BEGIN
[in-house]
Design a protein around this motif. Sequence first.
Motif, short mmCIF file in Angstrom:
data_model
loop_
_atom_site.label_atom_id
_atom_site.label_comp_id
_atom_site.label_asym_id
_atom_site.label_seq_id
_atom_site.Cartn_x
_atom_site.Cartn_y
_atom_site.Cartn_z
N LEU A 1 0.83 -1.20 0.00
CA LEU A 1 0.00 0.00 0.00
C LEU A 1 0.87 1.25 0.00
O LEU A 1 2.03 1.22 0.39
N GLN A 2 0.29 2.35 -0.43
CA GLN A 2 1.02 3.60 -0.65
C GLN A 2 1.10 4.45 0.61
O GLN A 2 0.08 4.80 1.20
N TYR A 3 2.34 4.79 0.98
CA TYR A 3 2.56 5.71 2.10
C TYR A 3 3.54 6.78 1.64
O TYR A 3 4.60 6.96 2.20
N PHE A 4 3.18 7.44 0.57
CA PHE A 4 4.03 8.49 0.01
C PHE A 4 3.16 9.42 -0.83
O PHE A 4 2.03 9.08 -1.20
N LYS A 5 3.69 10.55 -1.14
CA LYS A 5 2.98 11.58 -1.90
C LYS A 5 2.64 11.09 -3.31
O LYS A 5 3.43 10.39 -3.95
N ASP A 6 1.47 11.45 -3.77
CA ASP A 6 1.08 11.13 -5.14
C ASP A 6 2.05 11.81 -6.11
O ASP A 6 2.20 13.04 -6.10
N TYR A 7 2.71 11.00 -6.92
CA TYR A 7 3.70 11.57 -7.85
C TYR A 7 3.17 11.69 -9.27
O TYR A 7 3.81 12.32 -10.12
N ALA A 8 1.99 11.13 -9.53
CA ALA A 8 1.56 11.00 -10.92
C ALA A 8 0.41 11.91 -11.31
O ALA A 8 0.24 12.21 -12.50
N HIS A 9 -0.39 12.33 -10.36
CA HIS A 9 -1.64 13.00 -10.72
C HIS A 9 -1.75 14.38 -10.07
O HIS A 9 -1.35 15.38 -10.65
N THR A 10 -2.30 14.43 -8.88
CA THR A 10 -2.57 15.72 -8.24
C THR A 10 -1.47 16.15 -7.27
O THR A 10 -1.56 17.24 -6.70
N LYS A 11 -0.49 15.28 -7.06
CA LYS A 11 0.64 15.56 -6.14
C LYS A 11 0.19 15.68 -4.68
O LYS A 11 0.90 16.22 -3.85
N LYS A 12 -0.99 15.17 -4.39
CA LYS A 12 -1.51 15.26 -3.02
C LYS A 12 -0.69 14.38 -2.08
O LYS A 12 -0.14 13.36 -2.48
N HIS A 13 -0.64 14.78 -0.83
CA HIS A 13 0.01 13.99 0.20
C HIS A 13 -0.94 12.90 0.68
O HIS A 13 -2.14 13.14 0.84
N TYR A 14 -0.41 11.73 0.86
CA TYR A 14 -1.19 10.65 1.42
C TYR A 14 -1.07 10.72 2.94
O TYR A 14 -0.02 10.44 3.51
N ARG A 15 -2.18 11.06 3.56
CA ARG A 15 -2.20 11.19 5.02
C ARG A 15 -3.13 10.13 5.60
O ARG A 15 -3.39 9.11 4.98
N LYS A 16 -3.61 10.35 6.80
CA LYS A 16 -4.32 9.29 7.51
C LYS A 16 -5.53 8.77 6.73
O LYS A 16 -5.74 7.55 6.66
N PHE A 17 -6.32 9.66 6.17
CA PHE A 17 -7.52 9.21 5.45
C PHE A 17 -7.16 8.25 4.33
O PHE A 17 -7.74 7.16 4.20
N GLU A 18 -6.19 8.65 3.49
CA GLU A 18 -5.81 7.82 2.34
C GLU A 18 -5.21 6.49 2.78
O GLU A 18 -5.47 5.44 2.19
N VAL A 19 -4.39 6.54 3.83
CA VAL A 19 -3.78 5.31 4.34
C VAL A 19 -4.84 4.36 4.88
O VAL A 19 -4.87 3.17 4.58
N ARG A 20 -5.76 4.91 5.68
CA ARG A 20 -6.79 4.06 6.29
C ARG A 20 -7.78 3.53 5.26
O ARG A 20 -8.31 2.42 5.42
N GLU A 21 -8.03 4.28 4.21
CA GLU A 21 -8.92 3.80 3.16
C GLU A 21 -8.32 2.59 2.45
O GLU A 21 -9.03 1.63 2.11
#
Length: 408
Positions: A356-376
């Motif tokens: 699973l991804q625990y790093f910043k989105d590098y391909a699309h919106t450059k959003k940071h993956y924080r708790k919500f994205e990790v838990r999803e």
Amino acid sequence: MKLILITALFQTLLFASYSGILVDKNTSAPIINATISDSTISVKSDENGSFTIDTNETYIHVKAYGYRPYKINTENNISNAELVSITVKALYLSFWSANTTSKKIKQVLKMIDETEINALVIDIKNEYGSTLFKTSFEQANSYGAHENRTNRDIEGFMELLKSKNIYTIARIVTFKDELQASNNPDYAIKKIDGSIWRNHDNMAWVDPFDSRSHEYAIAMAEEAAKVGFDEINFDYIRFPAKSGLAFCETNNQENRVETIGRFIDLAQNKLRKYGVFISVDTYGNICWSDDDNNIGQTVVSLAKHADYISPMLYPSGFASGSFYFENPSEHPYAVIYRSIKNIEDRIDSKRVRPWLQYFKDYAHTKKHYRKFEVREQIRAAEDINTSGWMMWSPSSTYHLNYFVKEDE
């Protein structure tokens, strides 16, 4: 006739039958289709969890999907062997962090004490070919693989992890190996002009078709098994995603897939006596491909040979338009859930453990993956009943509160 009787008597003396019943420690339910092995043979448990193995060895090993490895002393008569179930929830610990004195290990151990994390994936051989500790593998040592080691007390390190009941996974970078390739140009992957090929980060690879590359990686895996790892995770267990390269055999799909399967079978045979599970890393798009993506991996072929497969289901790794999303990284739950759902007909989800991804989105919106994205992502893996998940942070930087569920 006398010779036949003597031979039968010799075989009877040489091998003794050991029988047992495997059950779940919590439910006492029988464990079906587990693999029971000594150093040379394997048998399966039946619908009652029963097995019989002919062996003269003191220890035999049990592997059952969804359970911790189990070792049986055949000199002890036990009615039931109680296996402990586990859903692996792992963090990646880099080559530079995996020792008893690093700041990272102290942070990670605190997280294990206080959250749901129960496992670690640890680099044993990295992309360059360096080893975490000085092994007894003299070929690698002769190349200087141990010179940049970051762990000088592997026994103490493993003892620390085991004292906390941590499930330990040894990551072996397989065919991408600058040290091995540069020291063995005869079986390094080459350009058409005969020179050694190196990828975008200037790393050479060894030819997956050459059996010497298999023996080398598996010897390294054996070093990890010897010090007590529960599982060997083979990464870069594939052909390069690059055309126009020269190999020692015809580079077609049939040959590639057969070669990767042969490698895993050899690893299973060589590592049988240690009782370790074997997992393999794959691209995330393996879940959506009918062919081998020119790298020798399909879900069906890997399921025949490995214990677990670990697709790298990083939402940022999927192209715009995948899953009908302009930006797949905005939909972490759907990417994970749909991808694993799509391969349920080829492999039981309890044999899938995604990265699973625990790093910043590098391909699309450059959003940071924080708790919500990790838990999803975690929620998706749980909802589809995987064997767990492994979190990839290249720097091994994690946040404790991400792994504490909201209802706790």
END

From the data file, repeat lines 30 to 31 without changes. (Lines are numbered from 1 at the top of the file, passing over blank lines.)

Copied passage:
CA LYS A 5 2.98 11.58 -1.90
C LYS A 5 2.64 11.09 -3.31